Title: Groundwater pollution potential and greenhouse gas emission from soils amended with different swine biochars Author
Submitted to: World Congress of Soil Science
Publication Type: Abstract Only
Publication Acceptance Date: February 13, 2014
Publication Date: N/A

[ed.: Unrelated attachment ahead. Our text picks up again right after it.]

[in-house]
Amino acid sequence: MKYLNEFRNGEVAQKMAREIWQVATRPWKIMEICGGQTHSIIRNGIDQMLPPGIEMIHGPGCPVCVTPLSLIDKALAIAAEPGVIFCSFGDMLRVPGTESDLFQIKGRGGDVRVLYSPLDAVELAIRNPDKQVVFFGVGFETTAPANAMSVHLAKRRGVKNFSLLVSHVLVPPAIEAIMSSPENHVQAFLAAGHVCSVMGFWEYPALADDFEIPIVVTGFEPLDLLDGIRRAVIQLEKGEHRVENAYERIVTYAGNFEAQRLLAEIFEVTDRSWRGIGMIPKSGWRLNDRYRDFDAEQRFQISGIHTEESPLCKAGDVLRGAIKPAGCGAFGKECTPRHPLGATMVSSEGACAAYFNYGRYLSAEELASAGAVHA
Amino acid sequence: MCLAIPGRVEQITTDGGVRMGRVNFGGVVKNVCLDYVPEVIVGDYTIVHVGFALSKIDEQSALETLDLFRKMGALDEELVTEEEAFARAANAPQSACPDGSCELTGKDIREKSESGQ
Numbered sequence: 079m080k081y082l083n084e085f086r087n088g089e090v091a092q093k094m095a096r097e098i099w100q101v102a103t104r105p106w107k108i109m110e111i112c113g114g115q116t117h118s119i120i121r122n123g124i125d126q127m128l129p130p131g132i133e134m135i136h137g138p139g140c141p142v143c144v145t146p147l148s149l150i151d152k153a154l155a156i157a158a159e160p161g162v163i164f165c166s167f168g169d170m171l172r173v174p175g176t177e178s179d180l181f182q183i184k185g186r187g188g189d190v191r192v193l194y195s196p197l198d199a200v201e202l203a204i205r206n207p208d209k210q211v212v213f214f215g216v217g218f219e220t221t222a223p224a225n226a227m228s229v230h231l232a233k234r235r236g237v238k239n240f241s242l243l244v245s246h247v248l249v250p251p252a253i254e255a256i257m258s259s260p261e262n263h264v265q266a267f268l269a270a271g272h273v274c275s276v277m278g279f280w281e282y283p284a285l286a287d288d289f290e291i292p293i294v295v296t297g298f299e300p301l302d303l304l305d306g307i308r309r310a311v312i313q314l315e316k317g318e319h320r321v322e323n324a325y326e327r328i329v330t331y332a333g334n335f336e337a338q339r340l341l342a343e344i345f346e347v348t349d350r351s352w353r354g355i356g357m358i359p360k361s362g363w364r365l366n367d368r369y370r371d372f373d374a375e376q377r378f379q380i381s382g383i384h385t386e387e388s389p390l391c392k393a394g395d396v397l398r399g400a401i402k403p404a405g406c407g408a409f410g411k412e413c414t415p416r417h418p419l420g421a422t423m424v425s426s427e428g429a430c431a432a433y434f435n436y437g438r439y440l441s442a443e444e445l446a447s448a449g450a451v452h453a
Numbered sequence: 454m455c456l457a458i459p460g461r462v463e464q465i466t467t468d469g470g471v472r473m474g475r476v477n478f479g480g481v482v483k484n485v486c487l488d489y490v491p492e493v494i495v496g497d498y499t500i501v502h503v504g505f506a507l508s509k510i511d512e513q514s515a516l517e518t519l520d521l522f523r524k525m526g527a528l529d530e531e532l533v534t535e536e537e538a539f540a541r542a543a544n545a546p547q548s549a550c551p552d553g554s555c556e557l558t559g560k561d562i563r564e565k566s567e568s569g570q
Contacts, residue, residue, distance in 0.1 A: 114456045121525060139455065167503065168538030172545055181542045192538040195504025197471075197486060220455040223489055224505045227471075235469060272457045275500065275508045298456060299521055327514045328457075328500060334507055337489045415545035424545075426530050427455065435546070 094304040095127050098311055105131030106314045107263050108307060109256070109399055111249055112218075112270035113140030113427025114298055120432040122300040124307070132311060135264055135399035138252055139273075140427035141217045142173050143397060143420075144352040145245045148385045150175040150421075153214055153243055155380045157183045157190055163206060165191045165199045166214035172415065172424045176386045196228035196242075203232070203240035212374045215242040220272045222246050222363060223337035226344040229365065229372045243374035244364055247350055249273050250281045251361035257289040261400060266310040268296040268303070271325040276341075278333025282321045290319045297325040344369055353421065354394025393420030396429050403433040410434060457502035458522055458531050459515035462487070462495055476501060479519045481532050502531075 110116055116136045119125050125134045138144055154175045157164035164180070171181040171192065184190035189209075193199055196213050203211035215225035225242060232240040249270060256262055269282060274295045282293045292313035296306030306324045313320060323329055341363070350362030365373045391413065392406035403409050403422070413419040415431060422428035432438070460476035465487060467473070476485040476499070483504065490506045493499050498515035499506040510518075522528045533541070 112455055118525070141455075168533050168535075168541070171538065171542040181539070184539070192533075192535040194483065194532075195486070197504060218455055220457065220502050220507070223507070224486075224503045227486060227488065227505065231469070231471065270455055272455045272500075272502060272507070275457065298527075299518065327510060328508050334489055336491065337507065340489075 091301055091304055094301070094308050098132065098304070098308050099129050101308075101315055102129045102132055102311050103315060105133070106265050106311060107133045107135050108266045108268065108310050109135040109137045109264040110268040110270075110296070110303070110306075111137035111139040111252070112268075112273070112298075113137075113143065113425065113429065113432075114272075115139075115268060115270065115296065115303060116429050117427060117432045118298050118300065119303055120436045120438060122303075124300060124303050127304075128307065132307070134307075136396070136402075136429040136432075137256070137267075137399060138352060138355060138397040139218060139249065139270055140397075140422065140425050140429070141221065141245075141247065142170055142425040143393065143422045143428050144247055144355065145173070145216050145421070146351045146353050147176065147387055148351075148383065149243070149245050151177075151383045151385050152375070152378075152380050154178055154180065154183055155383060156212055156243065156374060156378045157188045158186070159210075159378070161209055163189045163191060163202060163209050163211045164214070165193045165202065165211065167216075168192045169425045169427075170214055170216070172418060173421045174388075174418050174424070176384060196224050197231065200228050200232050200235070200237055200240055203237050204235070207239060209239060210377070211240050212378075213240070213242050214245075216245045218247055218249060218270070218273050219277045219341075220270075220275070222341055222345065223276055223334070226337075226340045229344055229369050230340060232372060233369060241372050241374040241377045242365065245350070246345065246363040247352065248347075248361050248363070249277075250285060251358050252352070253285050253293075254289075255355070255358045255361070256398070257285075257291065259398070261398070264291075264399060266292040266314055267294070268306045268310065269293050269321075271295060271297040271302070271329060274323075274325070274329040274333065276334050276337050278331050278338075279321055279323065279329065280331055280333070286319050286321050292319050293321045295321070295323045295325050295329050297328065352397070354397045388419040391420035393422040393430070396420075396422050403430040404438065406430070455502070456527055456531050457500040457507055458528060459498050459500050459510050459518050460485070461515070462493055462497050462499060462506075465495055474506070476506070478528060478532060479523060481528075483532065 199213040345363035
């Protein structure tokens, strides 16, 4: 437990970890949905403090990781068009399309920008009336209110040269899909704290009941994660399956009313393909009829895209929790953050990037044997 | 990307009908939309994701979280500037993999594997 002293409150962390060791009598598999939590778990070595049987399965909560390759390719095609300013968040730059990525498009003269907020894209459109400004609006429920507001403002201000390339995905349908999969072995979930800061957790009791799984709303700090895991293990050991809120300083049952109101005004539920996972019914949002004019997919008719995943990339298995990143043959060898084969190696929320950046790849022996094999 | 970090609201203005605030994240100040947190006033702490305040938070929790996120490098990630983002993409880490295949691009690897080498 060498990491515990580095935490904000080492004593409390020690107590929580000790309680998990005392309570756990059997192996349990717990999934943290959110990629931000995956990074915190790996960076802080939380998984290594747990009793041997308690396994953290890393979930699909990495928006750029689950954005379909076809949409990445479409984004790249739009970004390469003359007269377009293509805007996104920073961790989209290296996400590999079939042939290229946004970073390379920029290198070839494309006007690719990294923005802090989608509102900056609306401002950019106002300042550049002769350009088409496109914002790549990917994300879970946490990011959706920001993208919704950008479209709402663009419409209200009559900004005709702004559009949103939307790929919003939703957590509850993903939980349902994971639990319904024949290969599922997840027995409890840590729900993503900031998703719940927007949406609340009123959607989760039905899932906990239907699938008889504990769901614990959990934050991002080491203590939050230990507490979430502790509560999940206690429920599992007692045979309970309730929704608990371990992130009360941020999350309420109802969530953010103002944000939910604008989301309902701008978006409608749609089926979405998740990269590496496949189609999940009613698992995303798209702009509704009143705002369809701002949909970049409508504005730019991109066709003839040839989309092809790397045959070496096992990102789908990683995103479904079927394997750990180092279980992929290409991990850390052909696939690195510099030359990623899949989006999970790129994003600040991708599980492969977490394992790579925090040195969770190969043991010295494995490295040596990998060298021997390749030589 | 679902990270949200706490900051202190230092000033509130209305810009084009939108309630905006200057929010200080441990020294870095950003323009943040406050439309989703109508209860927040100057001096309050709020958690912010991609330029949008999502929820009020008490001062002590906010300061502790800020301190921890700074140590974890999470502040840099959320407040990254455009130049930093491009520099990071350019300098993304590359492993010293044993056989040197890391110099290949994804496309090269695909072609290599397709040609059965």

Technical Abstract: Although there exist numerous research studies in the literature on greenhouse gas emission and groundwater pollution potentials of soils amended with plant-based biochar made from traditional dry pyrolysis (hereafter referred as pyrochar), a very few such studies exist for hydrochar made from hydrous pyrolysis or hydrothermal carbonization (HTC). HTC decomposes the organic matter in the biomass by heating anaerobically in the presence of subcritical, liquid water. HTC can convert wet feedstock biomass into carbonaceous solids at relatively high yields without the need for an energy-intensive drying before or during the process. Potential HTC feedstocks include wet animal manures, sewage sludges, and municipal solid waste streams, as well as aquaculture residues. While these feedstocks represent large, renewable residual streams that require some degree of treatment to protect environment, HTC may be used to eliminate or at least reduce the burden of the treatment while producing value-added hydrochar. The objectives of the present paper were to 1) compare physicochemical characteristics of swine manure-based hydrochar and pyrochar and 2) investigate carbon dioxide (CO2) and nitrous oxide (N2O) emissions and nutrients leaching from soils amended with these biochars. Dewatered swine solids were obtained from a 5,600-head finishing swine operation in Sampson County, North Carolina, which were further dried and stored in a refrigerator until experiments. Swine pyrochar was prepared using a skid-mounted pyrolysis system which heated the dried swine solids to 620 degree Celsius (oC) for two hours. Swine hydrochar was prepared by hydrothermally carbonizing the swine solids at 250 oC for 20 hours. Some of the hydrochars were mixed with 200 milliliter acetone and agitated for 2 hours in order to remove labile compounds adsorbed on the hydrochar surface. Two soil pot incubation experiments were conducted approximately 4 months apart. Hydrochar or pyrochar was mixed with a 50/50 mixture of Norfolk Ap and E horizon at a rate of 20 gram per kilogram (g kg-1). Sufficient deionized water (H20) was added periodically so that each pot would be maintained at 10 % moisture content. Triplicate pots containing soil without biochar served as controls. During the incubation periods of 42 to 127 days, greenhouse gas (CO2 and N2O) emission fluxes were measured by nonlinearly regressing time-series headspace gas concentrations. Volatile matter (VM) of the raw swine solids (69.5%) decreased to 60.3% (hydrochar) and 14.1% (pyrochar). When the hydrochar was washed with acetone, its VM further decreased from 60.3% to 49.9%. The opposite trends were observed for fixed carbon and ash contents. When the swine solids were pyrolyzed at 620 oC, the oxygen content was decreased to negligible amounts. Mehlich 1 extraction of the initial soils amended with both pyrochar and hydrochar showed significant increase in nutrients such as Potassium (K), Phosphorous (P), Calcium (Ca), Magnesium (Mg), Zinc (Zn) and Manganese (Mn). As a result, the soils amended with pyrochar leached significantly higher amounts of nutrients than control soils, suggesting potential groundwater pollution from the pyrochar-amended soils. In contrast, the hyrochar-amended soils leached very little of these nutrients probably due to high surface functionalities binding these nutrients. Throughout the incubation period, the control soils produced 0.16 g CO2 meter square per day (m-2d-1). The hydrochar-amended soil, however, emitted 3.0 g CO2 m-2d-1, much higher than 0.32 g CO2 m-2d-1 from the pyrochar-amended soils. The control soils produced 0.31 mg N2O m-2d-1, while the pyrochar-amended soils did not produce any N2O. The hydrochar-amended soil produced 0.24 mg N2O m-2d-1. Addition of swine solid hydrochar dramatically increased soil CO2 emission; however, N2O emission was not significantly affected.